• Tools: Absolute and relative performance measurement, comparing with benchmarks and peers.

3. Steps to Portfolio Analysis:

  • Step 1: Investment Objectives and Resources
    • Revisit or define investment goals, assess risk tolerance, and determine available resources.
  • Step 2: Asset Allocation and Benchmark
    • Allocate funds to different assets based on goals and risk tolerance. Establish a benchmark for performance comparison.
  • Step 3: Performance Check
    • Compare the portfolio's return with the benchmark and peers to gauge performance.
  • Step 4: Rebalance if Required
    • If needed, replace underperforming investments with those aligned with goals and risk tolerance.

4. Tools Used in Portfolio Analysis:

  • Holding Period Return:
    • Measures the total return of a portfolio over time. Formula includes ending value, beginning value, and dividends.
  • Average Return:
    • Calculates the average return of a portfolio per annum.
  • Alpha:
    • Represents the excess return over the market. Calculated as the portfolio return minus the market return.
  • Sharpe Ratio:
    • Evaluates risk-adjusted return by considering the portfolio's excess return over a risk-free asset.
  • Information Ratio:
    • Measures excess return over a benchmark, adjusted for tracking error.
  • Sortino Ratio:
    • Assesses the excess return over the risk-free asset, considering only downside standard deviation.

5. Advantages of Portfolio Analysis:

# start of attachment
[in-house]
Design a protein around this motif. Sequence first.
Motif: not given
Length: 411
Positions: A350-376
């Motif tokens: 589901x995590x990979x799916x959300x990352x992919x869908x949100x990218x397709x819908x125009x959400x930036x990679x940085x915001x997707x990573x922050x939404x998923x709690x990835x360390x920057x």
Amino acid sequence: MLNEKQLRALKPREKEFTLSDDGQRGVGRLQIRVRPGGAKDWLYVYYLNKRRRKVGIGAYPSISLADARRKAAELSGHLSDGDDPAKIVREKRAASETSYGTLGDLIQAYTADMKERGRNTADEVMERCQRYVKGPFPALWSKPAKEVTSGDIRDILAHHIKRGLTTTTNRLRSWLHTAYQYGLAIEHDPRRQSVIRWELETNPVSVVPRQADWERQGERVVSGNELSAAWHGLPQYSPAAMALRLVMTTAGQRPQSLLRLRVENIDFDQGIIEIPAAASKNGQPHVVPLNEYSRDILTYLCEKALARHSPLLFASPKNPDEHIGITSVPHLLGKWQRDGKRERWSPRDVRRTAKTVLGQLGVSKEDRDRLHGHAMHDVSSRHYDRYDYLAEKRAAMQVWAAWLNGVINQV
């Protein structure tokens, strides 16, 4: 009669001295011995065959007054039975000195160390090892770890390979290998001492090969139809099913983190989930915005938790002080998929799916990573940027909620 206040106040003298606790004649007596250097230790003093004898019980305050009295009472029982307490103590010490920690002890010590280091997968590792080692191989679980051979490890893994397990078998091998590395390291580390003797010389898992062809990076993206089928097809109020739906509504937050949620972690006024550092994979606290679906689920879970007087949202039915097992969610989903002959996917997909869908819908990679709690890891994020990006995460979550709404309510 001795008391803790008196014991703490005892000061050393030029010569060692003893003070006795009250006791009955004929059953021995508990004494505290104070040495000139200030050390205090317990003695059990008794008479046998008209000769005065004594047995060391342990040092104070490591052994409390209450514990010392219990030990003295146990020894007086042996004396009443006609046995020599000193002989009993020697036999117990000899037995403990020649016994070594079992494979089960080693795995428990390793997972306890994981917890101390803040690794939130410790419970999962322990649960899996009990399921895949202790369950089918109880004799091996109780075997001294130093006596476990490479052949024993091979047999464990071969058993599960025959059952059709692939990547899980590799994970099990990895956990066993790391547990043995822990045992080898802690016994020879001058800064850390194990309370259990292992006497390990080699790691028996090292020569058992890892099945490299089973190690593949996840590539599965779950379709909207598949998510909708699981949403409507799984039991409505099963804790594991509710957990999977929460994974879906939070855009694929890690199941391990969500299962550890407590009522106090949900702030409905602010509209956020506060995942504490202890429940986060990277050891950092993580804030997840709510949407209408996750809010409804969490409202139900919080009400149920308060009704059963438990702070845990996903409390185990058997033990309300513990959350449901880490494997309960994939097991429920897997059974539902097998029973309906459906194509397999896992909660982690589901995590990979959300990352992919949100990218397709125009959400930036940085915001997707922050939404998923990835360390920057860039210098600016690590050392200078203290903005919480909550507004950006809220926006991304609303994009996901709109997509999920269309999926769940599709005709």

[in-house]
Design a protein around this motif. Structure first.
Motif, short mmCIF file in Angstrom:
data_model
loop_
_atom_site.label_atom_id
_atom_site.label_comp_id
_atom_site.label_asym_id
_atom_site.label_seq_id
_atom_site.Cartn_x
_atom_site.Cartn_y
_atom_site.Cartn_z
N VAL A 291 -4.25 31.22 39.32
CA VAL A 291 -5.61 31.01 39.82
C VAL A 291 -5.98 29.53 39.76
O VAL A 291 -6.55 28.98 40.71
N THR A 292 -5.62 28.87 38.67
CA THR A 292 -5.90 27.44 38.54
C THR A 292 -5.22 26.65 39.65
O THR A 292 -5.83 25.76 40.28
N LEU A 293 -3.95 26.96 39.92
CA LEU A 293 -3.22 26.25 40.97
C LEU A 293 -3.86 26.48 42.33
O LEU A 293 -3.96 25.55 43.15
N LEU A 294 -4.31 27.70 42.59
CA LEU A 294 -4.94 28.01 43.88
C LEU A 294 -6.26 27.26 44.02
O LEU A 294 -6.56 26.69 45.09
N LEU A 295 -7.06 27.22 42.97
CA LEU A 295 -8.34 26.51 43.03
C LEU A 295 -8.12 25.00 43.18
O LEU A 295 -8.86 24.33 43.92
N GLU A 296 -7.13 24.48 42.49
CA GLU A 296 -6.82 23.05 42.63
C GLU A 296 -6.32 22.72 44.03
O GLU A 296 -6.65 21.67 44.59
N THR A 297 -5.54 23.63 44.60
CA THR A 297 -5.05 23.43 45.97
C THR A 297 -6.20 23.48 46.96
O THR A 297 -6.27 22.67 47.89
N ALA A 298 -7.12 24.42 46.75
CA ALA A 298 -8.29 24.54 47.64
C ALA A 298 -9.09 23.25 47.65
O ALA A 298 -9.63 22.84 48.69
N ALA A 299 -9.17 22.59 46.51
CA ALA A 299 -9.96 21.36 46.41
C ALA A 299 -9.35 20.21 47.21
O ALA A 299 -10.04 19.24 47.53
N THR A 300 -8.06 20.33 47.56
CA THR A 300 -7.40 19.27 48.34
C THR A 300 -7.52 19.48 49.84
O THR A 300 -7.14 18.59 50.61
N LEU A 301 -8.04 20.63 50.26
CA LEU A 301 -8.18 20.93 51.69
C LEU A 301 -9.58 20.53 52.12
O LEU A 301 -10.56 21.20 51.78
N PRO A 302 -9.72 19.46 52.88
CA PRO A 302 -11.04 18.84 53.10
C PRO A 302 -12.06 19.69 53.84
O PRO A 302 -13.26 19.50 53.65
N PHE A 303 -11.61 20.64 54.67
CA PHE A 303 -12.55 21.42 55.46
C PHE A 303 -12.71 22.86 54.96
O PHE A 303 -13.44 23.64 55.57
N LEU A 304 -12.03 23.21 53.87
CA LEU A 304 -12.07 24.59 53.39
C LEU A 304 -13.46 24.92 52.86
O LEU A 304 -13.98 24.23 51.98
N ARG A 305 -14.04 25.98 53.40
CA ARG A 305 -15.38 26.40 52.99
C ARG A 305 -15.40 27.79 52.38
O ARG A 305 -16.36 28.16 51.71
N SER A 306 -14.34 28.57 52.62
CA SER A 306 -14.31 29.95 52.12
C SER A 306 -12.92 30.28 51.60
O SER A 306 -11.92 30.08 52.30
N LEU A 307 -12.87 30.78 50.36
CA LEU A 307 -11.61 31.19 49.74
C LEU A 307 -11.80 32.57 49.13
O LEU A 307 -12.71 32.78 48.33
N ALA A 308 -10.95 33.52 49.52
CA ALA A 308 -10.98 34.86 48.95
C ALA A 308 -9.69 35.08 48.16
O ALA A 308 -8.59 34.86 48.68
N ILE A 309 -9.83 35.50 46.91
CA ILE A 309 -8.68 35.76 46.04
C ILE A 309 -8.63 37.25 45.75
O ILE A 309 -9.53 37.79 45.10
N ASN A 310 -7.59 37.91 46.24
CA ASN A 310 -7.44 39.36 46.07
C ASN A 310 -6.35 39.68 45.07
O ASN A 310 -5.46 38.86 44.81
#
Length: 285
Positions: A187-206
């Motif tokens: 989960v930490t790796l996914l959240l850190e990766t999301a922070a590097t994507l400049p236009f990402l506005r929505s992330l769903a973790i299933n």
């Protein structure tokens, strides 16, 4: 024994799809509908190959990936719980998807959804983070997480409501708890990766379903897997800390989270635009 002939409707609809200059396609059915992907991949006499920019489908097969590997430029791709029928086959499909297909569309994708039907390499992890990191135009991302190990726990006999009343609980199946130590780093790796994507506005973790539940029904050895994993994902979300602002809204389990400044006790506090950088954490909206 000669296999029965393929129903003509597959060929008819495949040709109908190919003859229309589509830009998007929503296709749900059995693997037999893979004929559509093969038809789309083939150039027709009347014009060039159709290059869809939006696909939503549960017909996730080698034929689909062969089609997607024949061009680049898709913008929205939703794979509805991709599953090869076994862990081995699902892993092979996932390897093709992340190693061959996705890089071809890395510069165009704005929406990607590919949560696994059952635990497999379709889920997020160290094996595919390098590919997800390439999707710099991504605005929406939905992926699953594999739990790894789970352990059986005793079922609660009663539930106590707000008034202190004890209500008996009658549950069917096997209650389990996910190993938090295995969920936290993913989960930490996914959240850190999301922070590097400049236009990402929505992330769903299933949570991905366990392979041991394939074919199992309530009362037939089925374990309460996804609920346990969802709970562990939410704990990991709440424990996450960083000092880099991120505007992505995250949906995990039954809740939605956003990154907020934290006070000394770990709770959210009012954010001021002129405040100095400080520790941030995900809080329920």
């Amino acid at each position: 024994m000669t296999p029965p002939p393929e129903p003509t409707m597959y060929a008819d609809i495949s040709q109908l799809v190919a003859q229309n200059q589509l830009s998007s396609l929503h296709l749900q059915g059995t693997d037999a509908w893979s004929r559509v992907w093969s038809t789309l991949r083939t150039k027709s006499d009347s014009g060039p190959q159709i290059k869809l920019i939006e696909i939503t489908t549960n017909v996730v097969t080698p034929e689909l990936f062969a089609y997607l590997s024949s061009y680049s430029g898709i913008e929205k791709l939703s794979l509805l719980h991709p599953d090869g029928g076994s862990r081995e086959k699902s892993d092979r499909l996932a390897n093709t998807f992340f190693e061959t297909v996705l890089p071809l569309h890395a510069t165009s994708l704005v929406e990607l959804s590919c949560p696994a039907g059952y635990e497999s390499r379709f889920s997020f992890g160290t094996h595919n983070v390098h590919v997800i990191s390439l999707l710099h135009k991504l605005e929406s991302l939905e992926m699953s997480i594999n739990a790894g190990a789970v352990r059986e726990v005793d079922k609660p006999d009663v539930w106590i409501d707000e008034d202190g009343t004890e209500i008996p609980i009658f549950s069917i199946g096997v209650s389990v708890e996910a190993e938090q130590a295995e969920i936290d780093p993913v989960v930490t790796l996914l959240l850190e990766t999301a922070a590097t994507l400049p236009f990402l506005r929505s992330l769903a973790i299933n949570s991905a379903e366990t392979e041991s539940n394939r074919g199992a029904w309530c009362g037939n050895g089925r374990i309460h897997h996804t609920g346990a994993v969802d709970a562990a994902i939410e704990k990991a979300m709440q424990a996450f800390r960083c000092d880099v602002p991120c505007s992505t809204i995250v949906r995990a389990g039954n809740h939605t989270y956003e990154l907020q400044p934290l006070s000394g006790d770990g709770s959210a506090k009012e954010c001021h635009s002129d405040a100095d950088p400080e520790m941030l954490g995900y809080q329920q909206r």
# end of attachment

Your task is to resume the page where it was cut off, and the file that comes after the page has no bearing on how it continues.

• Periodical Assessment:
    • Enables regular monitoring and necessary adjustments to stay on track.
  • Achieving Financial Goals:
    • Helps in assessing progress towards financial goals.
  • Informed Decisions:
    • Provides insights into risk-adjusted returns, aiding informed decision-making.
  • Realignment of Portfolio:
    • Allows identification of underperforming investments for replacement with better options.

6. Conclusion:

  • Emphasizes the importance of portfolio analysis in achieving financial goals.
  • Recommends periodic reviews, at least once a year, to ensure alignment with goals and financial independence.

7. FAQs:

  • How to evaluate mutual funds?
    • Evaluate based on performance, benchmark comparison, and tools like Sharpe and Sortino ratios.
  • How often should I conduct portfolio analysis?
    • At least once a year to ensure alignment with financial goals.
  • What parameters apart from return to consider when evaluating a mutual fund?
    • Portfolio, turnover ratio, expense ratio, and fund manager's experience are crucial parameters.

In conclusion, portfolio analysis is a dynamic and essential aspect of successful investing, ensuring continuous alignment with financial objectives.

Portfolio Analysis Explained: Investment Analysis & Portfolio Management (2024)